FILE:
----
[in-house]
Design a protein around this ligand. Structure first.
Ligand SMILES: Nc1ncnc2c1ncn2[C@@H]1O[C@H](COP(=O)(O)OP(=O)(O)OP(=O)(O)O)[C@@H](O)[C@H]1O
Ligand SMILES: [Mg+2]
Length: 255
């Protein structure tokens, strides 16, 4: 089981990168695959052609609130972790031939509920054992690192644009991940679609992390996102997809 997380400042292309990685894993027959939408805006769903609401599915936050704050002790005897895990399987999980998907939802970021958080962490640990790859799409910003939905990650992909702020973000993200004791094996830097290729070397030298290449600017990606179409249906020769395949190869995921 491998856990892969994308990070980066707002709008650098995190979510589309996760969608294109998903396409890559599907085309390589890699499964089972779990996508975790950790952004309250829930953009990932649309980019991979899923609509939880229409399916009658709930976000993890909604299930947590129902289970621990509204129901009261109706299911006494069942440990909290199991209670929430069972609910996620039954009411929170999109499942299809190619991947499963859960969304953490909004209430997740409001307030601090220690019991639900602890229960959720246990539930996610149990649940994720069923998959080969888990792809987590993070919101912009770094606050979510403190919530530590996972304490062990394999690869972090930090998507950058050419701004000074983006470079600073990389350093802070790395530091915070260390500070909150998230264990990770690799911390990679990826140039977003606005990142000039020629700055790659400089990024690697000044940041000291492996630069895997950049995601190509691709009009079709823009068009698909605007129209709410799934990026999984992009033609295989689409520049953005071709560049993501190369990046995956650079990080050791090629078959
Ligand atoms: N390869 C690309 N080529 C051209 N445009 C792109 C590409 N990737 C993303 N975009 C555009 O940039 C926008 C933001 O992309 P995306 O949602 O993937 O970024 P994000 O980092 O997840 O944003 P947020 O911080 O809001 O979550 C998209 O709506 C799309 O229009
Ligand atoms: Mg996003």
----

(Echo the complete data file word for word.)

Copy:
[in-house]
Design a protein around this ligand. Structure first.
Ligand SMILES: Nc1ncnc2c1ncn2[C@@H]1O[C@H](COP(=O)(O)OP(=O)(O)OP(=O)(O)O)[C@@H](O)[C@H]1O
Ligand SMILES: [Mg+2]
Length: 255
């Protein structure tokens, strides 16, 4: 089981990168695959052609609130972790031939509920054992690192644009991940679609992390996102997809 997380400042292309990685894993027959939408805006769903609401599915936050704050002790005897895990399987999980998907939802970021958080962490640990790859799409910003939905990650992909702020973000993200004791094996830097290729070397030298290449600017990606179409249906020769395949190869995921 491998856990892969994308990070980066707002709008650098995190979510589309996760969608294109998903396409890559599907085309390589890699499964089972779990996508975790950790952004309250829930953009990932649309980019991979899923609509939880229409399916009658709930976000993890909604299930947590129902289970621990509204129901009261109706299911006494069942440990909290199991209670929430069972609910996620039954009411929170999109499942299809190619991947499963859960969304953490909004209430997740409001307030601090220690019991639900602890229960959720246990539930996610149990649940994720069923998959080969888990792809987590993070919101912009770094606050979510403190919530530590996972304490062990394999690869972090930090998507950058050419701004000074983006470079600073990389350093802070790395530091915070260390500070909150998230264990990770690799911390990679990826140039977003606005990142000039020629700055790659400089990024690697000044940041000291492996630069895997950049995601190509691709009009079709823009068009698909605007129209709410799934990026999984992009033609295989689409520049953005071709560049993501190369990046995956650079990080050791090629078959
Ligand atoms: N390869 C690309 N080529 C051209 N445009 C792109 C590409 N990737 C993303 N975009 C555009 O940039 C926008 C933001 O992309 P995306 O949602 O993937 O970024 P994000 O980092 O997840 O944003 P947020 O911080 O809001 O979550 C998209 O709506 C799309 O229009
Ligand atoms: Mg996003």